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After every state general election comes the rush to organize the state House and Senate into majority and minority caucuses.
More often than not, the party that controls the most seats organizes the majority caucus, filling the powerful leadership and committee chair positions and proceeding to control the legislative agenda and flow of individual bills in the respective House or Senate for the next two years.
Occasionally — especially when a given party doesn’t have a large majority — there can be a significant amount of political horsetrading involved in cobbling together a majority coalition caucus. That process resulted in the current House majority coalition of 17 Democrats, three Republicans, and two independents. One of those independents is Rep. Dan Ortiz, R-Ketchikan.
On Nov. 6, Ortiz was re-elected to a third term representing House District 36, besting Republican challenger Trevor Shaw.
The day after the election, 20 Republicans held a press conference to announce what they describes as the new House majority caucus, with Rep. David Talerico as House speaker.
Absent from the press conference was Republican Rep. David Eastman, R-Wasilla, who later told KTOO that he “wasn’t ready to sign on the dotted line” to vote for Talerico as House speaker. Also absent were Republican Reps. Louise Stutes of Kodiak and Gabrielle LeDoux of Anchorage, neither of whom were involved with the newly formed group as of this past week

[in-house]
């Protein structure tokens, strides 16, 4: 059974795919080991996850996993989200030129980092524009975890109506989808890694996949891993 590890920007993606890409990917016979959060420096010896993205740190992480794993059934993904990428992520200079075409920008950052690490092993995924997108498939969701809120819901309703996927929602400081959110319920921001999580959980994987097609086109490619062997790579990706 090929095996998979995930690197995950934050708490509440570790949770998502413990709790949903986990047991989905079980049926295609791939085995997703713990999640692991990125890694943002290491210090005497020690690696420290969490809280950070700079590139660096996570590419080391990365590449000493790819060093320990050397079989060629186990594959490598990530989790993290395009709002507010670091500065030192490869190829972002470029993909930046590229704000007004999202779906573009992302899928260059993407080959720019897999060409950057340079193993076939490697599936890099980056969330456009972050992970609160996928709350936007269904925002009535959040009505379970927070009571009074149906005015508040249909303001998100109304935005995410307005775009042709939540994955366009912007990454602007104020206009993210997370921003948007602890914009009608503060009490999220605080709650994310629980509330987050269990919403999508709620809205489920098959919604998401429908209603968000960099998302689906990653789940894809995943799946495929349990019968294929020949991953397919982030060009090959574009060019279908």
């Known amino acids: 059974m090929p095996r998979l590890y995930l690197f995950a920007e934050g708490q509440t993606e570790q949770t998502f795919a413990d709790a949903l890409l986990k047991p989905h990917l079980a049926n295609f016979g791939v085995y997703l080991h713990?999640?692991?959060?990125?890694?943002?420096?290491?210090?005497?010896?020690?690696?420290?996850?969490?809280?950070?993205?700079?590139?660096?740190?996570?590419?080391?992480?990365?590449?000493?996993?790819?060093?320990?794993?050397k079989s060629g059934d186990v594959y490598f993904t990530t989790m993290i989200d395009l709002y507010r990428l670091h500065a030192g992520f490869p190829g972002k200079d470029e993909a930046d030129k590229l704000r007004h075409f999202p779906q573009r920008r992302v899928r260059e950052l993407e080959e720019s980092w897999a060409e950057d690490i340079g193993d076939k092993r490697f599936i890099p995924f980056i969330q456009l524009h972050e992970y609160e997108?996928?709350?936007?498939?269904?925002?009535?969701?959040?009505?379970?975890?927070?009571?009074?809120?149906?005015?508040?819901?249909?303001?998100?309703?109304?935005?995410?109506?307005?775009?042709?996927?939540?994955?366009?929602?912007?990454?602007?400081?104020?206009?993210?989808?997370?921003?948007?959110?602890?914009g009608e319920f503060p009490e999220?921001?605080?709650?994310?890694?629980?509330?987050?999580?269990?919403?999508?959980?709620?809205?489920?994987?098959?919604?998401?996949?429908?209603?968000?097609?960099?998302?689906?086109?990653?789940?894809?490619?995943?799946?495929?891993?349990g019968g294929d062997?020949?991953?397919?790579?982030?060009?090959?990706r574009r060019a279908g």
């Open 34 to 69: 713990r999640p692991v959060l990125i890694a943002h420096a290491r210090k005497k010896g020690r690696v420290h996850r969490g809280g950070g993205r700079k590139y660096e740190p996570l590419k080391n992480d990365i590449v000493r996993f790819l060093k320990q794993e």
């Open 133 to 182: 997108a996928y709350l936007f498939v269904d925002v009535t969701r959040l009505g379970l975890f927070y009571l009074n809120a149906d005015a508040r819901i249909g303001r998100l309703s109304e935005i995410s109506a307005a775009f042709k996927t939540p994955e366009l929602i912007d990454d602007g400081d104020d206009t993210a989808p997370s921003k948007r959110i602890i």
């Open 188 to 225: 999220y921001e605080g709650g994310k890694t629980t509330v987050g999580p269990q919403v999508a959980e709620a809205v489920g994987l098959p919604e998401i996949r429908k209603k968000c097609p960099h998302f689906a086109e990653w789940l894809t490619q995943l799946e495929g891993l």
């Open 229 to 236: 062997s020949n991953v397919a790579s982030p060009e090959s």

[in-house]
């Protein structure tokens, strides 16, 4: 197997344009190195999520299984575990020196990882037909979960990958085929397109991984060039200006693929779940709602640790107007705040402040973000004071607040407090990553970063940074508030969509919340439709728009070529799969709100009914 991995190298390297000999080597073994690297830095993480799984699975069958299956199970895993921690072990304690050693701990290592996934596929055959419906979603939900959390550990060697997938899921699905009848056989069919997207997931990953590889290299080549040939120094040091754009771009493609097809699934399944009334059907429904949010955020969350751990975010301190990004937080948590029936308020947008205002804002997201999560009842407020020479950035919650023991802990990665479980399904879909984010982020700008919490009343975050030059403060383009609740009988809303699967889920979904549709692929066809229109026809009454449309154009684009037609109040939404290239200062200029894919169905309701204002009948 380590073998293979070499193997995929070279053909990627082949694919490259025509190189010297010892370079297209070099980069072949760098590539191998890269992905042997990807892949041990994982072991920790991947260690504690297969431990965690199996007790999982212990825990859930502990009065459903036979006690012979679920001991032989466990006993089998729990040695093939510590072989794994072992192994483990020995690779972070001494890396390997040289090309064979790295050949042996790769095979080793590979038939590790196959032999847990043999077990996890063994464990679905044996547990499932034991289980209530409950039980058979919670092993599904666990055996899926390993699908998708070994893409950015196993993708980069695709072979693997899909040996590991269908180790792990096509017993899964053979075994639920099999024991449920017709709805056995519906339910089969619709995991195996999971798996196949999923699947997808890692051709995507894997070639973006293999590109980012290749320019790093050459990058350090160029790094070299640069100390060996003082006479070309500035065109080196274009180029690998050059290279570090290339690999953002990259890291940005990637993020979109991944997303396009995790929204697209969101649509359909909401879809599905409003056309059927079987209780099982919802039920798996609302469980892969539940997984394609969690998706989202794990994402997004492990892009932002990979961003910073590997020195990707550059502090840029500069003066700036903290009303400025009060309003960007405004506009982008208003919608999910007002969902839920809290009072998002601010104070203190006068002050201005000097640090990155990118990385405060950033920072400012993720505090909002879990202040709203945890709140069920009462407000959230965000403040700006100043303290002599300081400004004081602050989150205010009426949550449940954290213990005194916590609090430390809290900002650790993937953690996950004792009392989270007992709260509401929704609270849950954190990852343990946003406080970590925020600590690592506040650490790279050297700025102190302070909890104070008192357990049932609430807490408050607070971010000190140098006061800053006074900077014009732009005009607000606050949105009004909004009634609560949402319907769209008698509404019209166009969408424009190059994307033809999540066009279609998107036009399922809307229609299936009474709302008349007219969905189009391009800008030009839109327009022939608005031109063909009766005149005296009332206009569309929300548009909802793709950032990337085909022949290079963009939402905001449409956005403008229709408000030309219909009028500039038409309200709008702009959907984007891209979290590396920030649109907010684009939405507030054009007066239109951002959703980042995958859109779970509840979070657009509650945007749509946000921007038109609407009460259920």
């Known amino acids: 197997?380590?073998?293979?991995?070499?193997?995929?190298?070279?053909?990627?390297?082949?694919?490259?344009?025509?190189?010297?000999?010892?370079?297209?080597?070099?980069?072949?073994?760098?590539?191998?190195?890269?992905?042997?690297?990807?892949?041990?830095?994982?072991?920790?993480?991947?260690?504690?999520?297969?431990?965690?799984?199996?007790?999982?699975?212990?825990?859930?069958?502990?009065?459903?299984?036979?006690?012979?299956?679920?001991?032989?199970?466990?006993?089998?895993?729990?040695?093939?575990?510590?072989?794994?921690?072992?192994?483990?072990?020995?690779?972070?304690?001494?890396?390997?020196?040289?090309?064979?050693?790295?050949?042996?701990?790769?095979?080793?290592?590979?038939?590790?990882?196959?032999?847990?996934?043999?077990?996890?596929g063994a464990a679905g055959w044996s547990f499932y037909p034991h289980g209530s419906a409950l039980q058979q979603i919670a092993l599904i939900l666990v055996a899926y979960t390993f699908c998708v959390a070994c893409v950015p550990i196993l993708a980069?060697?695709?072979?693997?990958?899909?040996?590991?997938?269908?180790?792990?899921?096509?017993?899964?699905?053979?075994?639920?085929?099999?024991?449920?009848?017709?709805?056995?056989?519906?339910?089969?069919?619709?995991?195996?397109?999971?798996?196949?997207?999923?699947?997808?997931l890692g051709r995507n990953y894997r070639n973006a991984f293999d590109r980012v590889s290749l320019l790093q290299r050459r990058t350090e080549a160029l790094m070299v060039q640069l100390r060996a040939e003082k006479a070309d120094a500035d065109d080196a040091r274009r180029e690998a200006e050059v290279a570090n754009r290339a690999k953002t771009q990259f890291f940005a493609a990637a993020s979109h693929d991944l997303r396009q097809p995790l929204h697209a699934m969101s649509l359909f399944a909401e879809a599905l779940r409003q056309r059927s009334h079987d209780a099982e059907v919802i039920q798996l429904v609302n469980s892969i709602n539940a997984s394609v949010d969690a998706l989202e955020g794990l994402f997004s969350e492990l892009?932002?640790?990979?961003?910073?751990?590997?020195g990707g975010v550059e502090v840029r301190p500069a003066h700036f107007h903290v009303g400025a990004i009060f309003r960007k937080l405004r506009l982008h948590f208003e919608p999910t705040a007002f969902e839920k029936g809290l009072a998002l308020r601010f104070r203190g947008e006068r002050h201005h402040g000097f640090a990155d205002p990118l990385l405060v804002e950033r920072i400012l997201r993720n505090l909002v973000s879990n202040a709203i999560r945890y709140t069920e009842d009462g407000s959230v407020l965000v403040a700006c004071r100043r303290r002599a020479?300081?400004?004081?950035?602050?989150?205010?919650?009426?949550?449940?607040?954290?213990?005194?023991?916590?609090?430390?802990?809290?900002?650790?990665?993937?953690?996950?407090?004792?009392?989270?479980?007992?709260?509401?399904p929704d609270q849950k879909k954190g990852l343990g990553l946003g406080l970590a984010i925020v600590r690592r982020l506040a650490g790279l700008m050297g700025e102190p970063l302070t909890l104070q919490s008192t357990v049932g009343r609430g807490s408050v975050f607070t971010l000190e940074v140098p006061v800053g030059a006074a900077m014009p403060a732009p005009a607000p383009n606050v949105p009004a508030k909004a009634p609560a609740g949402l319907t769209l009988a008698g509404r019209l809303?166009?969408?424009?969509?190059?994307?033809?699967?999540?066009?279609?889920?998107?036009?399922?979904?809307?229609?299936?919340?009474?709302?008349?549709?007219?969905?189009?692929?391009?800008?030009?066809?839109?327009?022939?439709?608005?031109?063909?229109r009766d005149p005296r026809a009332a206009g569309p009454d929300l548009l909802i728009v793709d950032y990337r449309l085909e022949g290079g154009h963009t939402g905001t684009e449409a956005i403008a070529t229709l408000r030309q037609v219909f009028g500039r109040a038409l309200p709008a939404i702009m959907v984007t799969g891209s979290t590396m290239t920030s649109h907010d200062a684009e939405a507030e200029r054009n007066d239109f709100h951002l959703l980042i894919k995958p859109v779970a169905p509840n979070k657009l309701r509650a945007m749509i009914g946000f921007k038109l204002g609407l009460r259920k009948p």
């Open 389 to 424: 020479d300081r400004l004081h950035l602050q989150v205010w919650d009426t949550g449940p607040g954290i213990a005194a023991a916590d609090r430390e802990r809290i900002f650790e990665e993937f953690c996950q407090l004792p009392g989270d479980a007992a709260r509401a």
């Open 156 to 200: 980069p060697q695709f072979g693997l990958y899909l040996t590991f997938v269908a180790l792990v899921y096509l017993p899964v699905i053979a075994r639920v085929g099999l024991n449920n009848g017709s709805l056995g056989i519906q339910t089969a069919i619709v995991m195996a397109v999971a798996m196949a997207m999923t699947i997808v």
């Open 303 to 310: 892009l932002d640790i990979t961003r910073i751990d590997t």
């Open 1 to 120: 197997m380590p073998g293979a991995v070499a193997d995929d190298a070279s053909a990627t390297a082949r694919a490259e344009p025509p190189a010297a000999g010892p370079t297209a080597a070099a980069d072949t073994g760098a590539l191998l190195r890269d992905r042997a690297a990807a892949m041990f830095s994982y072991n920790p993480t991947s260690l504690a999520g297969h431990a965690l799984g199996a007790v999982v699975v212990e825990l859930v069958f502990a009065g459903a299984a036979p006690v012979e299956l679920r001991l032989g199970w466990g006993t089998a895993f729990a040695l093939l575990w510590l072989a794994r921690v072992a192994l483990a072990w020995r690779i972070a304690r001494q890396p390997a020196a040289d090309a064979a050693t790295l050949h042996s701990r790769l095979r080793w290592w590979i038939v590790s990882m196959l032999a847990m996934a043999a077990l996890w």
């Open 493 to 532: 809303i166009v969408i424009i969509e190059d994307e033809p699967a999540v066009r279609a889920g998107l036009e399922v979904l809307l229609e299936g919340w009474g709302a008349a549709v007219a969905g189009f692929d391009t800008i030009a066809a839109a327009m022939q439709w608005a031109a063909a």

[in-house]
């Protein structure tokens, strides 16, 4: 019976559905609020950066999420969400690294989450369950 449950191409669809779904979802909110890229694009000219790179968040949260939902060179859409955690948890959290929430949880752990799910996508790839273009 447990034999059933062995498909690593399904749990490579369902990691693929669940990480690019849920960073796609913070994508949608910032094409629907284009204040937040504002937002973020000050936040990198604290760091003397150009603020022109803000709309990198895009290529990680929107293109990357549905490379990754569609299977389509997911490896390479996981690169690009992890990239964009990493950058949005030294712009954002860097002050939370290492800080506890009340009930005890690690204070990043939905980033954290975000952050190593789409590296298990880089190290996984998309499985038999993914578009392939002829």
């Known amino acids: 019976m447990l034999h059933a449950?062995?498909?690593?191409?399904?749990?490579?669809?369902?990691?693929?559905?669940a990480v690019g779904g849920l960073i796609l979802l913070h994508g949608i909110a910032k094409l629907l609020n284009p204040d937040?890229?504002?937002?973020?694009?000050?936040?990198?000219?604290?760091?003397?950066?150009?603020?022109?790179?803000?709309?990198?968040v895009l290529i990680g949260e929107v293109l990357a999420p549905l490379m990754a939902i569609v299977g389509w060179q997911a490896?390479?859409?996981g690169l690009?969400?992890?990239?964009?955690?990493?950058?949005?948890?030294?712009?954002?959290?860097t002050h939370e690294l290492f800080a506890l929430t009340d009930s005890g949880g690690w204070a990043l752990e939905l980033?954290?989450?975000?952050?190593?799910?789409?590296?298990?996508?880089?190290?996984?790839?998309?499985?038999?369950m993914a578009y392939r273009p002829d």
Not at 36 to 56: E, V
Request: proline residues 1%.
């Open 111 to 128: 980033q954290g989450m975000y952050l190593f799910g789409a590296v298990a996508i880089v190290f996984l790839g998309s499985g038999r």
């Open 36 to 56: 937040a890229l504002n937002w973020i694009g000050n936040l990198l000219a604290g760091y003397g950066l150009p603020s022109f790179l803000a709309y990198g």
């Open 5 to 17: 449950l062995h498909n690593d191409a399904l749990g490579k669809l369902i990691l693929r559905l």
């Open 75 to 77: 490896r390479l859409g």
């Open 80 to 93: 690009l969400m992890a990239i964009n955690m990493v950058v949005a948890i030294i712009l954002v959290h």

That left the GOP caucus at 20 solid members coming into this week, with one race — that between Republican Bart LeBon of Fairbanks and Democrat Kathryn Dodge in Fairbanks — still undecided. So, as far as was apparent as of Monday afternoon, no actual House majority has formed.
It’s clear that the Republicans would prefer a GOP-only caucus, and a doctrinaire one at that. Talerico said Wednesday that LeDoux — a Republican who had joined the current coalition caucus — was not invited to join the GOP caucus. Talerico said that Stutes, who also had joined the current coalition, was invited, but hadn’t responded to the invitation as of Wednesday.
What’s unclear is where this leaves the would-be majority caucus — and Ortiz.
If the Fairbanks race goes to the Republican LeBon, and Eastman does sign on, the GOP will have a 22-18 majority and no interest in bringing anyone else aboard to solidify a majority.
Other scenarios would open the door for a bit, or a lot, of horsetrading to create another House coalition majority.
It’s going to be interesting to see how this plays out.